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Honey, a milenar superfood

Cooking+Nutrition

Honey is known to be used since humans lived in caverns.

Revered by many cultures throughout history due to its uniqueness, honey is a nutritional powerhouse. It has several B complex vitamins and minerals such as calcium, magnesium, manganese, iron, phosphorus, potassium, zinc and selenium.  Enzymes, phytonutrients and 10 strains of good bacteria complete its profile.

honey

So what can honey do for us? There are many health benefits. Here are some examples:

Contrary to popular belief, despite having such a sweet taste, raw honey does not spike the blood sugar. In fact, it can help balance it, being beneficial for people struggling with high glucose levels. 

If you like to exercise, adding a little bit of honey to your pre-workout snack and post-exercise meal can help improve your endurance, performance and recovery. The Ancient Greeks knew this and athletes used to consume it during the Olympics.

Being antibacterial, honey can be helpful to alleviate wounds and improve some skin conditions. It has been used in the traditional Ayurvedic medicine for centuries.

Honey helps promote a good night sleep, since it is involved in the release of an amino acid called tryptophan which is converted to serotonin and then melatonin, responsible for keeping us asleep.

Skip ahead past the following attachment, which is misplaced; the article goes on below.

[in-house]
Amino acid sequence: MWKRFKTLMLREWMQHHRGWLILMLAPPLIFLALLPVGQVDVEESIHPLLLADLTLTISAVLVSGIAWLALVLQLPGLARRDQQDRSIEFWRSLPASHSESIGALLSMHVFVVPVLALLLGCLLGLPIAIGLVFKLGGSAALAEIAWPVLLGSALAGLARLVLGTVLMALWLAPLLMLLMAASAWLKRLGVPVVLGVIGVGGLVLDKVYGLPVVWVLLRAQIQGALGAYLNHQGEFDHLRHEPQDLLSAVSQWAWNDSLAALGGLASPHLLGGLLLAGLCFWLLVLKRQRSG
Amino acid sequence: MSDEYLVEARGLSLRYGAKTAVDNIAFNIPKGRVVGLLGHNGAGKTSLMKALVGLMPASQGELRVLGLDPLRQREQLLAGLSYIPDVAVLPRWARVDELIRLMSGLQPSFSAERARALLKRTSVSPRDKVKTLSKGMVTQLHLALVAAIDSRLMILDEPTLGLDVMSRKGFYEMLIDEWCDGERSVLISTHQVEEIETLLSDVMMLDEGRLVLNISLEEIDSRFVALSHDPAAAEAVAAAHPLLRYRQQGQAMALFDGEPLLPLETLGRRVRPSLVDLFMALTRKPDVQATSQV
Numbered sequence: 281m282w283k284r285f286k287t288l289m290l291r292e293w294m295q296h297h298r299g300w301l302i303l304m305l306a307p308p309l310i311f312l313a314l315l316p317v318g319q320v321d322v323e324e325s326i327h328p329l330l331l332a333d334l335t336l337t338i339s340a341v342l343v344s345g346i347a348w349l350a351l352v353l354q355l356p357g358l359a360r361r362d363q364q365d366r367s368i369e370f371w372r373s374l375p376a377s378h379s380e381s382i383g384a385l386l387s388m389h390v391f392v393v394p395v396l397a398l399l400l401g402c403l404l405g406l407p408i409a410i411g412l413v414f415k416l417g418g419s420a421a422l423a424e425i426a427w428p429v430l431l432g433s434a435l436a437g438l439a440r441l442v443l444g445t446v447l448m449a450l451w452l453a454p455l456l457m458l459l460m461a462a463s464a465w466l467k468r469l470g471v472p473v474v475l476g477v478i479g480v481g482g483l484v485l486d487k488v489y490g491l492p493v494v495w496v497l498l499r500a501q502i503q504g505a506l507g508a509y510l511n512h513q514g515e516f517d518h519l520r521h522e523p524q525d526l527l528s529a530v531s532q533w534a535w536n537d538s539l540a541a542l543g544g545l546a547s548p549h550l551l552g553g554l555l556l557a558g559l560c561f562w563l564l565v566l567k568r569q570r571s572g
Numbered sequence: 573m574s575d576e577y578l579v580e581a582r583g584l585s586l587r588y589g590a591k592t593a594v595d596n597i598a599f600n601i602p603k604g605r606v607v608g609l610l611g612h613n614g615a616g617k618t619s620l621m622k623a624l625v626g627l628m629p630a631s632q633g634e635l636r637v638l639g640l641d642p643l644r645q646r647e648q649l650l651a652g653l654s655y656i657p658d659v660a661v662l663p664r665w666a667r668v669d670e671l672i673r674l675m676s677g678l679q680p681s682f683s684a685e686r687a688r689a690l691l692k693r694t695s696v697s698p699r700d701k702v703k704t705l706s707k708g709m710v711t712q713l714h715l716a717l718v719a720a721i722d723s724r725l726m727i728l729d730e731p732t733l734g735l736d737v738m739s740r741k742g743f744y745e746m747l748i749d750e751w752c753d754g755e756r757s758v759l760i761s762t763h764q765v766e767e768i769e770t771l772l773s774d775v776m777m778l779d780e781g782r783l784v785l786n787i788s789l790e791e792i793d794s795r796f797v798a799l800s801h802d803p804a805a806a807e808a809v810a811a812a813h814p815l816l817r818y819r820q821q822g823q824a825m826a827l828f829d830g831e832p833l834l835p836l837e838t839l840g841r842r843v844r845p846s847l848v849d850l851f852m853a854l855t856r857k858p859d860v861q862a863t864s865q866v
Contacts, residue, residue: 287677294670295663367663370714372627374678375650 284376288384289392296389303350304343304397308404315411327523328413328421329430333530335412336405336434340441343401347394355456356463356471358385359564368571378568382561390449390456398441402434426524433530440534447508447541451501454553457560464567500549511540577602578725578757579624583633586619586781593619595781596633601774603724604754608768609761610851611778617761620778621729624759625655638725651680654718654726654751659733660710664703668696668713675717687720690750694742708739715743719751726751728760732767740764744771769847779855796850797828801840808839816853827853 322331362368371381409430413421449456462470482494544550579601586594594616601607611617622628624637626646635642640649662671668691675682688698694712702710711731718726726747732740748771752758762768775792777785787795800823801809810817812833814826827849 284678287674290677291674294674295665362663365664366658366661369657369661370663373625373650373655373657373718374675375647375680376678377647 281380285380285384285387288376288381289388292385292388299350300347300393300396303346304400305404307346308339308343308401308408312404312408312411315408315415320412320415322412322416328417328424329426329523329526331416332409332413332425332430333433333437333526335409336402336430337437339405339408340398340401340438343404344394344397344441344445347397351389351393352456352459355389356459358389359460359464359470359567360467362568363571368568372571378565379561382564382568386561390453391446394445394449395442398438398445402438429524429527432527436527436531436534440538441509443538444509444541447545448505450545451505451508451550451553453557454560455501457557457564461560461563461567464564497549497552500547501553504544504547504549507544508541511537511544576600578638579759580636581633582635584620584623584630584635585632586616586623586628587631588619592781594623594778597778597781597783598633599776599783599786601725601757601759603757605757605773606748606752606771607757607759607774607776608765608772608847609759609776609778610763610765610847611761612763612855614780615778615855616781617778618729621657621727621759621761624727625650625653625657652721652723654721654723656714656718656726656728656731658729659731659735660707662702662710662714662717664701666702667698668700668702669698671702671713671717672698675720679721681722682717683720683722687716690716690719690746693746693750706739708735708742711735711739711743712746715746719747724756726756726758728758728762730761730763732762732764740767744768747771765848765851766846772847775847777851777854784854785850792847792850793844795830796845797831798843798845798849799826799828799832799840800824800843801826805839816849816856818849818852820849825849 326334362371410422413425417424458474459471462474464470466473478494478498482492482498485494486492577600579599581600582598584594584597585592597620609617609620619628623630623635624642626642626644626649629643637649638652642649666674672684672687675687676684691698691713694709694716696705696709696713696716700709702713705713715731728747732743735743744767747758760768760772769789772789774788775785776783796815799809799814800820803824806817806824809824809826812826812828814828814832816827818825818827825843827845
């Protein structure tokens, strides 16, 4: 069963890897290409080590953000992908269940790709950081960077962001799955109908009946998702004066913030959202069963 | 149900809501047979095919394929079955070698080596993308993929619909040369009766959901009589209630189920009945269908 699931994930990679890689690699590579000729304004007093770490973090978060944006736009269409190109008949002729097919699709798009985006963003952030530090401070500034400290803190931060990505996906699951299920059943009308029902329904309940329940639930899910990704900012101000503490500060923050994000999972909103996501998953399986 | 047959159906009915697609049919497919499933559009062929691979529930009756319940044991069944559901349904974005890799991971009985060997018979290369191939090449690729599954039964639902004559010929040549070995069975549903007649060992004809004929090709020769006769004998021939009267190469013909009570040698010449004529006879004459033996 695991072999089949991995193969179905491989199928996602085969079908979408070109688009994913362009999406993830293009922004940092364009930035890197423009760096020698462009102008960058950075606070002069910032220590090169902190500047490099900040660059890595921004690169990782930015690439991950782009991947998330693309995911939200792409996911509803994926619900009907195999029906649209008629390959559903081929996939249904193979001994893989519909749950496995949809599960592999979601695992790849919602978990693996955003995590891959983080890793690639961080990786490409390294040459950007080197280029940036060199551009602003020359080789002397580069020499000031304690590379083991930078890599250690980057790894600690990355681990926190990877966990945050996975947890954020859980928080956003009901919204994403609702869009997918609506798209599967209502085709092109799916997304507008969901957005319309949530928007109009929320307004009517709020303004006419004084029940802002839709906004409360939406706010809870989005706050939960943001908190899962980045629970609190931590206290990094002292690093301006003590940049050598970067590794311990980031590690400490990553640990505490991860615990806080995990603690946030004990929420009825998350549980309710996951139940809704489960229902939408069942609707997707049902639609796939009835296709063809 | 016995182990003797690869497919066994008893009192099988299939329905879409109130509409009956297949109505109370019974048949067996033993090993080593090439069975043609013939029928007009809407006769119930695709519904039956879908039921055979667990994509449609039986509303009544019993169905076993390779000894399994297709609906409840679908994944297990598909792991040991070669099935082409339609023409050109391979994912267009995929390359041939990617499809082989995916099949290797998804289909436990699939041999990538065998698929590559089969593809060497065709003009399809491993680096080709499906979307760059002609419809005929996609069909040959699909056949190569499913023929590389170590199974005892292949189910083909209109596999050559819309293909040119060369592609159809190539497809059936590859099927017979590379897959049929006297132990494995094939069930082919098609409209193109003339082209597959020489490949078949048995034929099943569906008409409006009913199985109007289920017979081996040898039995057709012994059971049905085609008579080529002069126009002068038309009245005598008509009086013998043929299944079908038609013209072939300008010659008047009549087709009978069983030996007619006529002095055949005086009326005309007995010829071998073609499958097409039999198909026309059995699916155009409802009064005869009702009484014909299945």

A teaspoon of raw honey before bed helps relieve dry cough.

Honey has several antioxidants that fight free radicals associated with many health conditions. It supports a healthy microbiome, which is essential for a vibrant immune system.

Raw, unpasteurized honey is your best bet because it maintains all original goodness. If it is organic, even better! Raw honey is usually filtered just to remove bee bits that fall into it. It is not liquid, but creamy and opaque. It is possible to bake with raw honey as well. In this case, the bacteria, enzymes and vitamins are lost, but the antioxidants go up.

If your recipe requires liquid honey, the only advice is to make sure that it is pure. Fortunately, in Canada, only pure honey can be called honey, but the best way to buy raw or pasteurized is direct from a local beekeeper.

One last word of caution: kids should not be offered honey before one year old.

I could not finish this article without sharing the recipe.

Carrot and Sweet Potato Tzimmes

Time: 15 minutes | Preparation: 45-60 minutes baking | Yield: 6 servings

Ingredients

  • 500g carrots, sliced 1 cm thick
  • 500g sweet potatoes, cut in bite size pieces (about 2 cm)
  • ½ cup pitted prunes
  • ½ cup dried apricots
  • ½ cup orange juice
  • 2 tbsp extra virgin olive oil
  • 2 tbsp pure honey
  • ½ tsp sea salt
  • ½ tsp cinnamon (optional)
  • Pinch of black pepper to taste 

Preparation

  1. Pre-heat the oven to 375 o
  2. Spread the vegetables and dried fruit on a baking sheet.  
  3. Season with salt, pepper and cinnamon, if using.
  4. Toss with olive oil evenly.
  5. Mix orange juice and honey in a bowl and pour over veggies and fruit.
  6. Roast until vegetables are tender and browned and most juice, absorbed.  
  7. Serve warm or at room temperature.


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